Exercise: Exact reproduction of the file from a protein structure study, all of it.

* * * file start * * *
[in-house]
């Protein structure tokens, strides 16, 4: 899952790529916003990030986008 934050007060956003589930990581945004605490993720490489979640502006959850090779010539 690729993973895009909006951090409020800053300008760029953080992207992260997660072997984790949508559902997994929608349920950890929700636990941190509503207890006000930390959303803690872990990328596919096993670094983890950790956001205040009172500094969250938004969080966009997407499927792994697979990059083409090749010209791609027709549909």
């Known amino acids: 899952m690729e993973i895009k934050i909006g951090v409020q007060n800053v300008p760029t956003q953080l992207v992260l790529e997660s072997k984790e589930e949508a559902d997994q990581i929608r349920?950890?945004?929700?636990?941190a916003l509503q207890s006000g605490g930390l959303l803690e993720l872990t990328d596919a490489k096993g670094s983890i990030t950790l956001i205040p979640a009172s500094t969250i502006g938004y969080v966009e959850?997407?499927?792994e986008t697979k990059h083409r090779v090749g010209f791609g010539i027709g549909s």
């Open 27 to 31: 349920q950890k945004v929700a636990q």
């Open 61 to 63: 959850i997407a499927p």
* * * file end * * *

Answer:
[in-house]
């Protein structure tokens, strides 16, 4: 899952790529916003990030986008 934050007060956003589930990581945004605490993720490489979640502006959850090779010539 690729993973895009909006951090409020800053300008760029953080992207992260997660072997984790949508559902997994929608349920950890929700636990941190509503207890006000930390959303803690872990990328596919096993670094983890950790956001205040009172500094969250938004969080966009997407499927792994697979990059083409090749010209791609027709549909």
């Known amino acids: 899952m690729e993973i895009k934050i909006g951090v409020q007060n800053v300008p760029t956003q953080l992207v992260l790529e997660s072997k984790e589930e949508a559902d997994q990581i929608r349920?950890?945004?929700?636990?941190a916003l509503q207890s006000g605490g930390l959303l803690e993720l872990t990328d596919a490489k096993g670094s983890i990030t950790l956001i205040p979640a009172s500094t969250i502006g938004y969080v966009e959850?997407?499927?792994e986008t697979k990059h083409r090779v090749g010209f791609g010539i027709g549909s």
């Open 27 to 31: 349920q950890k945004v929700a636990q």
């Open 61 to 63: 959850i997407a499927p």